The other day, I had the pleasure of viewing the film adaptation of August Wilson’s play, Fences, directed by award-winning actor, Denzel Washington. As a former actor and theatre student, I was familiar with the play so I was looking forward to seeing how it would translate to film. I have to say, I was not at all disappointed by the results.
The film, Fences, stayed true to its theatric beginnings by keeping settings limited. Most scenes took place in the backyard of the Maxson’s family home, by Troy Maxson’s (Denzel Washington) workplace, the street and inside the house.
Another aspect of Fences that is also true to its play beginnings, is that dialogue between characters carried the story along. This would possibly be considered a bit problematic for film because in most modern-day films, scenes are relatively brief, long, static shots are considered awkward, and actions are usually what keeps the film moving and the audience invested. This didn’t pose to be a problem in Fences, in my opinion.
From funny, nostalgic anecdotes, usually told by Troy Maxson, to heavy, emotionally charged monologues, one notably delivered by Viola Davis, dialogue was a key part of this film. Although there were few scenes with action taking place, I was still drawn to this story. I was drawn to a character in particular. That character being Rose Maxson (Viola Davis, Troy Maxson’s devoted wife.
If you view the film, it is hard to argue that Rose isn’t the emotional center of the film. Rose was the glue that held it altogether. In a way, Rose’s role in the story symbolizes the role Black women play most of the time–the mule, the brick wall, the person that holds everyone up and before themselves. Women generally are expected to put others before themselves. In marriages, women are expected to value her husband and children before anything else. Unfortunately, this expectation is doubled down when it comes to Black women.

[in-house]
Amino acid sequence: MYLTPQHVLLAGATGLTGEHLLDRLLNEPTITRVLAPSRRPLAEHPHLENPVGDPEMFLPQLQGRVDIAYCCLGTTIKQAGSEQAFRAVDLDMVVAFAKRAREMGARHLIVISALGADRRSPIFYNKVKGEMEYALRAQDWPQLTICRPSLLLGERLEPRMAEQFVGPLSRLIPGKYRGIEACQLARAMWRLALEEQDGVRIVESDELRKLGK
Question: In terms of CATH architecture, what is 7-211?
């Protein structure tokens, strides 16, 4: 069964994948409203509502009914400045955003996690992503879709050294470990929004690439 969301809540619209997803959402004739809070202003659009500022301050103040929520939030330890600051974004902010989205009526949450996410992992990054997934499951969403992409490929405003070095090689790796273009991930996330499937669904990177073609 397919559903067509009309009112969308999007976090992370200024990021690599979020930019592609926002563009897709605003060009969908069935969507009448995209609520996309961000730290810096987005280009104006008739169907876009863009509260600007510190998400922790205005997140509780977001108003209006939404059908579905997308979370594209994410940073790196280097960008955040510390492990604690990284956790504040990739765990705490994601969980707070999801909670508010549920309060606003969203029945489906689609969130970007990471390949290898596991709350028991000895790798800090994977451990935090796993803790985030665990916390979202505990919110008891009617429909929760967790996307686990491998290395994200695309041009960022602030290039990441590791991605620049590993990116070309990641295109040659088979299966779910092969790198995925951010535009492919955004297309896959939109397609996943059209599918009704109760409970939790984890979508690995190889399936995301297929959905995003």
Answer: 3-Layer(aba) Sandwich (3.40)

In the film, you will learn that Troy hurts Rose in one of the worst ways possible. He made a choice without considering how it would impact her and their family. Upon the confession of Troy’s mistake, Viola Davis delivers a monologue that will more than likely score her a lot of award nods. Rose reminds Troy that it is not just about him. It is about them as an unit. She reminds him that she also had dreams and aspirations. She did not just want to be where they were at. She wanted to grow.
I think many times, housewives, in films, and of that time, were not able to express what Rose expressed to Troy. So much of a woman’s life was dedicated to her family that she lost her sense of self–if she even had it to begin with.
Although very hurt, Rose carried the weight of the family but she also reminded Troy that she was not to be a mule. She was not to be someone he would take for granted. For that, I really appreciate Rose as a character and I also appreciate Viola Davis’ riveting portrayal of her.
I do recommend this film. I will say that you should prepare yourself because this story is heavy. It’s heavy but with purpose. It is another example of how Black film and television shined bright this past year.